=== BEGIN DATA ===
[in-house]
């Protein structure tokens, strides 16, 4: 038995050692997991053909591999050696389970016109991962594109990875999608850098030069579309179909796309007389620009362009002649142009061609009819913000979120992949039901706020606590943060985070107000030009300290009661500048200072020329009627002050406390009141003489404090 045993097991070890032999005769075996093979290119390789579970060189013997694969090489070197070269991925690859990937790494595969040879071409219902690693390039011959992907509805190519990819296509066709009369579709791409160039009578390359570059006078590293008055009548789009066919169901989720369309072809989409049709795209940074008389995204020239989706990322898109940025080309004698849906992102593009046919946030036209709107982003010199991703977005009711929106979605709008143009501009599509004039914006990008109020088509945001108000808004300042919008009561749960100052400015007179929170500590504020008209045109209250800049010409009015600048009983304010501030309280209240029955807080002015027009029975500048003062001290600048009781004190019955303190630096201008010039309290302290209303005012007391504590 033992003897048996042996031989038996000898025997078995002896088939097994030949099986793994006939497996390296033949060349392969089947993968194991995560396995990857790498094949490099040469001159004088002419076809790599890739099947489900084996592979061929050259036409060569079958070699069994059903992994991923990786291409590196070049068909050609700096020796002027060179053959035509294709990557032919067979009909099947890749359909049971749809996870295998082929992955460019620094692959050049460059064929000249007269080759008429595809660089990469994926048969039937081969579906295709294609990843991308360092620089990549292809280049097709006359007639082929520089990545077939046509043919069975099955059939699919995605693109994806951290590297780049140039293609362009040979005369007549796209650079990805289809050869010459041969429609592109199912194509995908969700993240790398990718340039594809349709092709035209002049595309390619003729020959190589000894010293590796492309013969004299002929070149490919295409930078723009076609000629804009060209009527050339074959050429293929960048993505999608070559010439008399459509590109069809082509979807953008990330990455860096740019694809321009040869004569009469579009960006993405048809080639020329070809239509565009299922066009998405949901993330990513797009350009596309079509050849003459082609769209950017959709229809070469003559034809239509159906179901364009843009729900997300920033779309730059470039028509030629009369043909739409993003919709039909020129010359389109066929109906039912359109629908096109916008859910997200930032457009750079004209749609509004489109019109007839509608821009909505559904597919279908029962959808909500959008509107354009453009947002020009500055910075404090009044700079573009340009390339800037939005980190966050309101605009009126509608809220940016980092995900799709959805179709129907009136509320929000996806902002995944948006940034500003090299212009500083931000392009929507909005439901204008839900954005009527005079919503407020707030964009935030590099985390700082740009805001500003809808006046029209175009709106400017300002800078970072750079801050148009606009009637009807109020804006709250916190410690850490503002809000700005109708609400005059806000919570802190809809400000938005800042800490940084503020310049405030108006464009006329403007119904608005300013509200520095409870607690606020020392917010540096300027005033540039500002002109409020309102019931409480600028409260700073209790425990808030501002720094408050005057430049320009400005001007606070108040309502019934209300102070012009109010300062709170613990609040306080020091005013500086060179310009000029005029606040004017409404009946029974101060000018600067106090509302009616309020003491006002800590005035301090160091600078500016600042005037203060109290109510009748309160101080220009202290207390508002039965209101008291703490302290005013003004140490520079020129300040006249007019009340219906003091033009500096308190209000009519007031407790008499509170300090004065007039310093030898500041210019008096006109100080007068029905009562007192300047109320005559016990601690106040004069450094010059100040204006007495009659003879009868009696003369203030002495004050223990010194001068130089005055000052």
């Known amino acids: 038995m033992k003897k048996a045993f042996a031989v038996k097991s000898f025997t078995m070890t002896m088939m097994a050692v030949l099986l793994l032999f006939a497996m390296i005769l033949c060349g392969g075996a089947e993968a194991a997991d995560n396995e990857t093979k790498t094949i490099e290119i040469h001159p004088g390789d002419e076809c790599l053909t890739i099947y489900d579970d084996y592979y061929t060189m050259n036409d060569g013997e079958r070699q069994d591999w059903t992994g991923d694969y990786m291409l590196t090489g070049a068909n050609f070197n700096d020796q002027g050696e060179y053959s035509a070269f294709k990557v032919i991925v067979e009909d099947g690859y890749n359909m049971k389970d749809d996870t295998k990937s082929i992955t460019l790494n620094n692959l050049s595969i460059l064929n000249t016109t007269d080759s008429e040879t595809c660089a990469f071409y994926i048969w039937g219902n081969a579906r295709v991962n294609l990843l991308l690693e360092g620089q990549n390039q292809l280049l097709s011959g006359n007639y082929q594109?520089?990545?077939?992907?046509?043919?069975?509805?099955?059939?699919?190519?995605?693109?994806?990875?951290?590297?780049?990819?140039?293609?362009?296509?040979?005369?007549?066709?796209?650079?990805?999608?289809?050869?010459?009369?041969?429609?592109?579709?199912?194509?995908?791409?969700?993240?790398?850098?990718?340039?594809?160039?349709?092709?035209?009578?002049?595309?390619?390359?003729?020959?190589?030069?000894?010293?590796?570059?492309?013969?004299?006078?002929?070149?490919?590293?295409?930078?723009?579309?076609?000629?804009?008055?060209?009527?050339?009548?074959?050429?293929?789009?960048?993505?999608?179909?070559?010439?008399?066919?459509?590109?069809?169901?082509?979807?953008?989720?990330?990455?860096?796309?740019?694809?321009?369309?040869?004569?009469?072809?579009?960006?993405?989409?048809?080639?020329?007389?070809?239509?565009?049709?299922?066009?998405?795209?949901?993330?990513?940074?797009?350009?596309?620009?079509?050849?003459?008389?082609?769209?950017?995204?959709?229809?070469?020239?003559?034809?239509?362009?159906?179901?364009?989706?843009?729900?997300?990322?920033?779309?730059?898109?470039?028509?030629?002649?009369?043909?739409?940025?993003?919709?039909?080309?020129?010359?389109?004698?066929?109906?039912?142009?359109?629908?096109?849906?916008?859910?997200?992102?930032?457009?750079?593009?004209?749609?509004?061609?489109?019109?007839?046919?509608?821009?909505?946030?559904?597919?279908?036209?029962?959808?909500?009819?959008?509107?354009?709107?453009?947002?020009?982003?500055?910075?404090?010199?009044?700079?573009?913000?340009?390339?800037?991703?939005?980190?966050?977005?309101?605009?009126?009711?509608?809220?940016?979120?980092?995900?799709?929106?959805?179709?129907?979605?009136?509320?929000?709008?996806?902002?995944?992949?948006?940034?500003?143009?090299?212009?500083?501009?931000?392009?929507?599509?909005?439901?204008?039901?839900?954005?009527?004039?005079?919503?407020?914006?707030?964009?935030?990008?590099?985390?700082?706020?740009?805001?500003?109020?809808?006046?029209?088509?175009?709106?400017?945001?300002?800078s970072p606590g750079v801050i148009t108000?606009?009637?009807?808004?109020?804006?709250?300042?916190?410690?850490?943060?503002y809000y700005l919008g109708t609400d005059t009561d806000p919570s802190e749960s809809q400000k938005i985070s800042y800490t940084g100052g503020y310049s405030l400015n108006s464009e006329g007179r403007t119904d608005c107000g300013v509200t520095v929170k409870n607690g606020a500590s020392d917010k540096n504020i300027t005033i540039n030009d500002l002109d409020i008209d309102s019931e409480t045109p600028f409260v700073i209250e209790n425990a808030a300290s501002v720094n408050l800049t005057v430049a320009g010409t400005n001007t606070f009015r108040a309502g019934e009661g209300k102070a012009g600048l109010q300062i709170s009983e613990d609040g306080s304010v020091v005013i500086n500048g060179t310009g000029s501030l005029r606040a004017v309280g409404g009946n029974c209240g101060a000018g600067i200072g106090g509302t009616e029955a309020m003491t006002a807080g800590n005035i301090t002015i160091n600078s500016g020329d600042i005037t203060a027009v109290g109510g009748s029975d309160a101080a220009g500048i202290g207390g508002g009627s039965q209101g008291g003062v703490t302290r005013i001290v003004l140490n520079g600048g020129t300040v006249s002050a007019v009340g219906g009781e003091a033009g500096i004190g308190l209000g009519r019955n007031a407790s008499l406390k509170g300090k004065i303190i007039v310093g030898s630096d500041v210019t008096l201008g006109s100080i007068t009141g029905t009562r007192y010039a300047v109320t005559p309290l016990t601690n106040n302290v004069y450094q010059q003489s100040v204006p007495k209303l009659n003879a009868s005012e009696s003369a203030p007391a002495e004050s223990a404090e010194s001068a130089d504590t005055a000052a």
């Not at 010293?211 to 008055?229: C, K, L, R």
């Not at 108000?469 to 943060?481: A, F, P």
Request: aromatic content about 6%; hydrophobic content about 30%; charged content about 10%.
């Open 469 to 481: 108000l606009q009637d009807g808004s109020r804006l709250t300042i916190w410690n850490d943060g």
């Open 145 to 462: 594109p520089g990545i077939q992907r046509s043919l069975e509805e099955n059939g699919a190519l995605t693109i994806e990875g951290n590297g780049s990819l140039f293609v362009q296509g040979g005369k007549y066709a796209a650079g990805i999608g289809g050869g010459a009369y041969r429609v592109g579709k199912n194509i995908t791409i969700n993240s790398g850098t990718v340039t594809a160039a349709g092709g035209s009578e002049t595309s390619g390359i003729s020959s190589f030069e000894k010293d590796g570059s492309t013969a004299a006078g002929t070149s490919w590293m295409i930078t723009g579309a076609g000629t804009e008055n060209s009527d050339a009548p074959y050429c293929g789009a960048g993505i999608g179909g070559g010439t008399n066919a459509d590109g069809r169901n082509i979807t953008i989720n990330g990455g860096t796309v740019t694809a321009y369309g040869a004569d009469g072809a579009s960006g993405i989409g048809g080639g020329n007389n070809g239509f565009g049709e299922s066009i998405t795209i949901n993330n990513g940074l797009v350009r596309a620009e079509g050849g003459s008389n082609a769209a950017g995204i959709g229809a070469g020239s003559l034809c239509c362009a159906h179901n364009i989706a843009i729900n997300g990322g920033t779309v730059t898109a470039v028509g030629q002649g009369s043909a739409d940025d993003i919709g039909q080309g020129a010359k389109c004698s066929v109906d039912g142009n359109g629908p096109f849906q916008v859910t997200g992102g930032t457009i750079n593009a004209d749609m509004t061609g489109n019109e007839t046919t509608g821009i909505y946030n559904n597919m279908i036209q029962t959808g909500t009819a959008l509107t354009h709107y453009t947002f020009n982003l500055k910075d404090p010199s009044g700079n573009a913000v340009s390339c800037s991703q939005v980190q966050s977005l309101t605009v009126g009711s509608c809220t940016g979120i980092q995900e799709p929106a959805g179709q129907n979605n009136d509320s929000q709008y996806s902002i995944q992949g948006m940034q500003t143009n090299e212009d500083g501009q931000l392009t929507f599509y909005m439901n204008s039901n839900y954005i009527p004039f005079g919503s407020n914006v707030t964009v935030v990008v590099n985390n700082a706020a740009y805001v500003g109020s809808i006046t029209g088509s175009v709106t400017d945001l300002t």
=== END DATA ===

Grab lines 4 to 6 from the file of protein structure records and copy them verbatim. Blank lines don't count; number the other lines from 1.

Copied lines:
């Not at 010293?211 to 008055?229: C, K, L, R």
């Not at 108000?469 to 943060?481: A, F, P």
Request: aromatic content about 6%; hydrophobic content about 30%; charged content about 10%.